This should ideally be above the engine level where the head of fuel will provide a positive pressure throughout the fuel system. Any leaks will then result in fuel seeping out rather than air being drawn in. If the tank is alongside or lower than the engine, and a leak develops, air can be drawn into the system when the engine is stopped. A small header tank will provide a positive pressure, but must be vented to the outside to allow flow into the engine fuel system.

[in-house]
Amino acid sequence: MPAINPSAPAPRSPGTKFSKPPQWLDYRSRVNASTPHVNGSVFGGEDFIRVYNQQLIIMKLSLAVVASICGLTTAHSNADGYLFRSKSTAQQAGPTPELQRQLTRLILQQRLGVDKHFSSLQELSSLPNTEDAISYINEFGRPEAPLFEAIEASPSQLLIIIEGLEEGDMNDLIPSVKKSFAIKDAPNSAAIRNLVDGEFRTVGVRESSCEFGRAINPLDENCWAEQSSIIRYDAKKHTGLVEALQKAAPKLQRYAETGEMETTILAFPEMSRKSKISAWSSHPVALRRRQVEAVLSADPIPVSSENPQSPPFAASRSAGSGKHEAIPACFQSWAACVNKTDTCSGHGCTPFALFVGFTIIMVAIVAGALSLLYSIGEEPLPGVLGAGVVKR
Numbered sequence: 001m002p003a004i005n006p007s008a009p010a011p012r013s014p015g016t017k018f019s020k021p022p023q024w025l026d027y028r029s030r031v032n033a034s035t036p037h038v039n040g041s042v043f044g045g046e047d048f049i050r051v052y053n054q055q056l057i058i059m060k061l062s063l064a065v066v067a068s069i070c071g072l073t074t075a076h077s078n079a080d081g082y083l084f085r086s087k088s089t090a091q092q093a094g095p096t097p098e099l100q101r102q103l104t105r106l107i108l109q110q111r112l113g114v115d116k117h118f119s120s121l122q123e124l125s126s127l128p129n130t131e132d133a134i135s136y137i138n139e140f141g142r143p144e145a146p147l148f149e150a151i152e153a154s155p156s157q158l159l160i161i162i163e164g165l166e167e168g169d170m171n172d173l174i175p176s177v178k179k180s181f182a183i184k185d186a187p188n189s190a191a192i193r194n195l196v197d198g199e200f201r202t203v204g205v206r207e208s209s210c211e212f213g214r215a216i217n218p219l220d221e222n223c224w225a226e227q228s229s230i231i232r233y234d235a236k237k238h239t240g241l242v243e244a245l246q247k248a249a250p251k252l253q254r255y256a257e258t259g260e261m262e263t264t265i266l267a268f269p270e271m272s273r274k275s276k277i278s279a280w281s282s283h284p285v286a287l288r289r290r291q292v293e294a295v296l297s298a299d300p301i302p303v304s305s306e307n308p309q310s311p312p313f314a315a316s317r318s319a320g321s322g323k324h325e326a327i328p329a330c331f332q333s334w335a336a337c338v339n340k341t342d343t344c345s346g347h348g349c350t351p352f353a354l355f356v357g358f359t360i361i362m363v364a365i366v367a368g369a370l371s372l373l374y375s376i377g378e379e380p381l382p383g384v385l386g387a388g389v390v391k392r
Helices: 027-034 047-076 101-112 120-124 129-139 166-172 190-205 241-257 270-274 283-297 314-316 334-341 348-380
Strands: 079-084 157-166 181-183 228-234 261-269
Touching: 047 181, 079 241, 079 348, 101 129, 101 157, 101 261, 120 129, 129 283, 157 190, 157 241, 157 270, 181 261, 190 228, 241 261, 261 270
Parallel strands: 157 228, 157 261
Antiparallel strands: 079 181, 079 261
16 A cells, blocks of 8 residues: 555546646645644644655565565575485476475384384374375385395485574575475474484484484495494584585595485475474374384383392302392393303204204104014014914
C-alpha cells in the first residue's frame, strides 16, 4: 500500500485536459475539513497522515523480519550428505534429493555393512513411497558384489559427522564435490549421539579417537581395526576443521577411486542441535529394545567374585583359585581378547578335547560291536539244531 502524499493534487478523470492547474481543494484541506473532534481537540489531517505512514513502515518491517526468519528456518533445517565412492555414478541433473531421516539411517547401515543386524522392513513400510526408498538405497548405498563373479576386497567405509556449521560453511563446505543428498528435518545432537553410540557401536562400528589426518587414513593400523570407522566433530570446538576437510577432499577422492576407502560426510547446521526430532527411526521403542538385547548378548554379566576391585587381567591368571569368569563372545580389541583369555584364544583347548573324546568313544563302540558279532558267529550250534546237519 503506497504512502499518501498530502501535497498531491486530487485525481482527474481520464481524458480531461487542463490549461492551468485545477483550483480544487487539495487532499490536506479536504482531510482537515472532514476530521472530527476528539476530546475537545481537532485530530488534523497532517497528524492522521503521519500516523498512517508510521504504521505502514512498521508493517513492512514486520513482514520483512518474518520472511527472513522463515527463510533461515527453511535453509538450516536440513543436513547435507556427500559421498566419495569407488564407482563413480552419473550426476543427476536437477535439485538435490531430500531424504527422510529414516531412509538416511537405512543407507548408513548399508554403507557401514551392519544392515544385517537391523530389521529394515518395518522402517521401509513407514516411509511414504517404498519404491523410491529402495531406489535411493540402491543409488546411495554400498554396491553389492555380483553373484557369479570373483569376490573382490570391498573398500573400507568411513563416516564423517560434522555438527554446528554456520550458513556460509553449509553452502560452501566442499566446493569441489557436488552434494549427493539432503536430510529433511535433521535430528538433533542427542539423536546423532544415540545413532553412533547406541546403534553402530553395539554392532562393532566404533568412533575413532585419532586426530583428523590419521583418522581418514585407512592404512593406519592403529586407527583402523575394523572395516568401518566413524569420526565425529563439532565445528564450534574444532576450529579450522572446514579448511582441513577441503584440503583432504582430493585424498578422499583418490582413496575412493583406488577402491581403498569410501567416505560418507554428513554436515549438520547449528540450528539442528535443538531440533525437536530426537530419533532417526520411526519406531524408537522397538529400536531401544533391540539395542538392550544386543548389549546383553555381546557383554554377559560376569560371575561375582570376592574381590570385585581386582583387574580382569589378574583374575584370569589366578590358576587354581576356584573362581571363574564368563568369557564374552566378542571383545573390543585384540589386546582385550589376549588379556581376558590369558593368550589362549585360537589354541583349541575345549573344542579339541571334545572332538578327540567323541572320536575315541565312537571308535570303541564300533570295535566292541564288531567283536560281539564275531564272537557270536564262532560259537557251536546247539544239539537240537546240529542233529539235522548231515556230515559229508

Tanks can be made of various materials:
1. Stainless steel – of welded construction, strong and corrosion resistant.
2. Mild steel – of welded construction, coated inside and out with a suitable paint system, to protect against corrosion.
3. Plastic – normally manufactured from polythene and translucent so that the fuel level can
be seen. There is less risk of condensation and no risk of rust forming.
4. Heavy-duty flexible tanks – ideal as temporary tanks for a long voyage or for use in irregular spaces.